Monday, January 26, 2009

What I need to ask for

George de la Tour, St. Joseph the Carpenter

[...] Everything boils down to having a childlike heart. And having a childlike heart means lifting your eyes up from your own problems, from your own plans, from your defects, from other people’s defects, to look at the risen Christ. “Lift up your eyes from yourself to that Presence” (Familiarity with Christ, Notes from a lesson by Fr. Luigi Giussani during the Spiritual Exercises of the Fraternity of Communion and Liberation, May 8, 1982 in Traces, n. 2, 01-02-2007 ).

I quoted these sentences in the last little thing that I wrote. What I am writing now is the third and final (for now) piece on self-consciousness.

It is not immediately apparent that the opposite of or antidote to self-consciousness is humility. Because when I am in the throes of self-consciousness, I feel low, small, etc. -- but not like a child. Children need to be taught this particular sort of "humility," which is actually pride. When children are truly themselves, they are oriented outward, to the world, not brooding on their inabilities and short-comings. True humility has nothing of shame or embarrassment in it. After all, our sins do not define us. We are defined by our relationship with the Infinite, who is always proposing something great to me in the here and now. Always.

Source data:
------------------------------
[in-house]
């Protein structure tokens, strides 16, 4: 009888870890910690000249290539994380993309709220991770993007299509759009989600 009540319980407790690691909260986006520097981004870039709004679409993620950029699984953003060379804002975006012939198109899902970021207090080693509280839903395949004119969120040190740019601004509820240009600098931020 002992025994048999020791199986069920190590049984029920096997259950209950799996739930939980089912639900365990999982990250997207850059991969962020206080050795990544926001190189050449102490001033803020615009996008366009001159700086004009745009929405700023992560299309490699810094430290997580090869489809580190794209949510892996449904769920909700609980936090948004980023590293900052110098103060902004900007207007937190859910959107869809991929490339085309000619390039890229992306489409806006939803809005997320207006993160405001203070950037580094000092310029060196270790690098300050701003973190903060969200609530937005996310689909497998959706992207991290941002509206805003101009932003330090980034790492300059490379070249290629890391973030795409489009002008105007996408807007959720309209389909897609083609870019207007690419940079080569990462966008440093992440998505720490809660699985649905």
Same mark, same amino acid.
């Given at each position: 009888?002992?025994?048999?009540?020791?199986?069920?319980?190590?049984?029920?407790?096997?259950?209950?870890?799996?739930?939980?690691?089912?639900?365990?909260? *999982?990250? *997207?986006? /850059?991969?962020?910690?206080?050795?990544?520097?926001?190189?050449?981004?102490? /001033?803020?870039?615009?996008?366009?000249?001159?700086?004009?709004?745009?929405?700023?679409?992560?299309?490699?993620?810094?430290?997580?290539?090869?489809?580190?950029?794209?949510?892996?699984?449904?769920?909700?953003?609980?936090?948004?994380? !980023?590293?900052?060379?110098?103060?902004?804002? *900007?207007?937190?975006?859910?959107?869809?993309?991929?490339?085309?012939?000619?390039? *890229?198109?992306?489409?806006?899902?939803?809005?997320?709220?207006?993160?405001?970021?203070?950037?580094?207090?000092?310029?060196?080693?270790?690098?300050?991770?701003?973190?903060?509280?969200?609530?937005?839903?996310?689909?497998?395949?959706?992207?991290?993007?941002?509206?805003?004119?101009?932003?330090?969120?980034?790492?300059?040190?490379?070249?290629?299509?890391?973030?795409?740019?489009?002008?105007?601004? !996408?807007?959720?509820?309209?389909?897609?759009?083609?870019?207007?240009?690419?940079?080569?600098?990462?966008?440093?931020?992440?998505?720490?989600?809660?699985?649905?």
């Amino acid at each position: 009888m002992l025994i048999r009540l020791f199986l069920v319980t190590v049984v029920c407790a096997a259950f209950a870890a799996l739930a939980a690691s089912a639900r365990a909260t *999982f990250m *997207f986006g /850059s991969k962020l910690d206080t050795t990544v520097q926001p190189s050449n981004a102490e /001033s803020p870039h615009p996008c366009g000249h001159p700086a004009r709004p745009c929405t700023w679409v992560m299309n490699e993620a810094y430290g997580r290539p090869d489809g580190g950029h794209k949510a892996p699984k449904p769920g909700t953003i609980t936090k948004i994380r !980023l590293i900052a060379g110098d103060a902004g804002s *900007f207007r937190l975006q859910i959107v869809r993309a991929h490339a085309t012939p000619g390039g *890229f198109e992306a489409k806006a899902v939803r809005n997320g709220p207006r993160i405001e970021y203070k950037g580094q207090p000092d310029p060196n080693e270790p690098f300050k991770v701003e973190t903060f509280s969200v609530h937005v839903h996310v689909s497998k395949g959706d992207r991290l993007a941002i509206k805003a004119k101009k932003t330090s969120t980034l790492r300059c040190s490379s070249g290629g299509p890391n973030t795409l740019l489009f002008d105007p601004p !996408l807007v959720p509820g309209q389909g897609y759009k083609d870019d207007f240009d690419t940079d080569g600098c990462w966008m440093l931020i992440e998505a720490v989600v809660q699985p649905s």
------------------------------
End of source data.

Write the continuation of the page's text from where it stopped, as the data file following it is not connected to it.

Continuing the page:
No comments:

Dumbstruck by the Mystery

...our temptation is always to impose our prejudices or our measure on reality -- except when we are faced with a fact that leaves us dumbstruck, and instead of dominating the fact ourselves, we are dominated, overcome by it. If there were no moments of this kind, the Mystery could do anything, but in the end, we would reduce everything to the usual explanation. But not even a Nobel Prize winner can stop himself from being dumbstruck before an absolutely gratuitous gesture. If there were not these moments, we would find answers, explanations, and interpretations to avoid being struck by anything. It is good that some things happen that we cannot dominate, then we have to take them seriously, and this is the great question of philosophy. If the conditions for the possibility of knowledge (see Kant) impose themselves on reality or if there is something that is so powerfully disproportionate that it does not let itself be "grasped" by the conditions of possibility, then the horizon opens. If this were not the case, then we could dominate everything and be in peace, or at least without drama. Instead, not even the intelligence of a Nobel Prize winner could prevent him from coming face-to-face with a fact that made him dumbstruck -- instead of dominating, it was he who was dominated. Here begins the drama, because I am called to answer. It is the drama that unfolds between us and the Mystery, through certain facts, certain moments, in which the Mystery imposes itself with this evidence. These are facts that we cannot put in our pocket, which we cannot reduce to antecedent factors.
-- Julian Carron in "Friends, that is, Witnesses."